Once I felt thoroughly aware of (and appalled by) my thoughtless actions, I turned my thoughts to the future: who did I want to be in ten years? And if I continued on this current track, what would my life look like?
After a lot of thought and several drafts, I decided that I wanted to have strong relationships with my family (which meant cutting down on screen time, increasing quality time, and increasing mindfulness and self-awareness so that I have the mental capacity to be patient and tuned-in), be fit and healthy (we already eat pretty well and exercise fairly regularly, but I wanted to make exercise more steady and well-rounded. I also wanted to step up my dental care game, because plaque has recently been correlated with dementia), and have a tidy, cozy home.
Once I’d identified which habits were helping me toward that future and which weren’t, I sat down and wrote out a habit sequence. The trick is to stack each desired habit on top of the next, so that one leads to another, and reduce any extra effort required to make each good habit happen.
My habit sequence looked like this: Linden wakes up. Nurse him in bed. Get out of bed when my alarm goes off, put on jogging clothes, which have been laid out ahead of time, while Jordan watches the baby. Take the dogs out to go pee. Then put one dog inside, and head out for a jog with the other. Come back in, hang up the leash, and immediately brush my teeth and floss. After I’ve brushed my teeth, get dressed, put my clothes in the drawer. If Jordan hasn’t already, make the bed. Then, sit down to meditate.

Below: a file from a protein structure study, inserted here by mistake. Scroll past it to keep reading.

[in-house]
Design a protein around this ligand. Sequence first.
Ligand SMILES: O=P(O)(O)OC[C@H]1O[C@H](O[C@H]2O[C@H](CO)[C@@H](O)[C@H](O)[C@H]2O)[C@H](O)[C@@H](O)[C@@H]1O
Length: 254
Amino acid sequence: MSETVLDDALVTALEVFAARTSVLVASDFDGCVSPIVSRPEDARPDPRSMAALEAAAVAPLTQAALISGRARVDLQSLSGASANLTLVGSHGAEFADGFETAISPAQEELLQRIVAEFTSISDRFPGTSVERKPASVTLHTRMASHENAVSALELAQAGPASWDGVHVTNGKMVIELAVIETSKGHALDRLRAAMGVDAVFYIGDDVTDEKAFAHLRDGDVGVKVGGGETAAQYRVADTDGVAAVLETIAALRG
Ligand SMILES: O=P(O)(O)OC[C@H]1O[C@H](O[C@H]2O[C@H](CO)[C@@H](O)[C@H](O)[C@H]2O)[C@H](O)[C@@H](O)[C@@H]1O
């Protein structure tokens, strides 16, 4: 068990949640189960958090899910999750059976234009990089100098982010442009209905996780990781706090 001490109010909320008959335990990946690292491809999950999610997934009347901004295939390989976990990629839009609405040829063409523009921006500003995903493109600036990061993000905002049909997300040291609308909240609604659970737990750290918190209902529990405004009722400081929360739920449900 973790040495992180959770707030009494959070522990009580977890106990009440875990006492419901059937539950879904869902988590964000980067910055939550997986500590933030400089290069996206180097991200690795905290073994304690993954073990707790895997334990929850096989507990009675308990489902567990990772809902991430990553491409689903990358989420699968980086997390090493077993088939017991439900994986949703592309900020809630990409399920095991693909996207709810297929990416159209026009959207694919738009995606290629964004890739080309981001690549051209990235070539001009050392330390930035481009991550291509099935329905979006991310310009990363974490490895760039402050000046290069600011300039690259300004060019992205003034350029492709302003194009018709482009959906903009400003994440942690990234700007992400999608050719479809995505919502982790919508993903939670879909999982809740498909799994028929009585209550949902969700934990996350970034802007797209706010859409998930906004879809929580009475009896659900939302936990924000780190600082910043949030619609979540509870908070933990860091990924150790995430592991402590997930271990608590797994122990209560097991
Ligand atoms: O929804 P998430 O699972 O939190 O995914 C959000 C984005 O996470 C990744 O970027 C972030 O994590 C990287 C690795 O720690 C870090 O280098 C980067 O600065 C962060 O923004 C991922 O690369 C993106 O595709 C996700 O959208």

Usually at this point Jenna has come inside and made breakfast. So I eat breakfast, and Jordan and I drive in to work. Instead of diving right into email at work, I take 10 minutes to journal (and if I didn’t have a chance to meditate at home, or Linden distracted me through it, meditate).
Afterwards, I make a to-do list for the day, pick an item off it, and jump into work. Three times a day, when I close my door to pump, I do a series of stretches and exercises.
That might sound like a lot of work, but it doesn’t feel like it. Because I have a clear time and location for doing each thing, and have tried to take the “friction” out of performing the habit, it becomes as thoughtless as tossing my clothes on the floor.
Today’s the 48th day that I’ve followed this habit sequence, and not only is it starting to feel automatic, I’m also seeing payoffs. My body feels strong and toned from the exercises I do during work and in the morning. My mind is relatively clear. Our house is perpetually clean–people have even complimented us on how tidy we keep things, a first for us! My journal is full.
And I greatly enjoy my morning routine–we still may have the occasional rushed day, but for the most part it’s smooth and full of things that make me feel good.
It’s definitely required tweaks here and there as I’ve gone–I had to cut out my morning cup of green tea, because I just never got around to actually drinking it most mornings. But mostly, it’s solid and doable and enjoyable.
Now Jordan and I are working on refining our evenings–figuring out a flow that leaves us feeling good. A few things I think it might include: a walk with the dogs, putting our phones away in a drawer to cut down on screen time, dinners with friends and loved ones and swapping Netflix for board games. While these are all things we do on a regular basis anyway, by intentionally building them into our lives we ensure that they’ll continue into the future, and our lives will incrementally improve.
What would your perfect habit sequence be? Any tips for things I should incorporate in mine?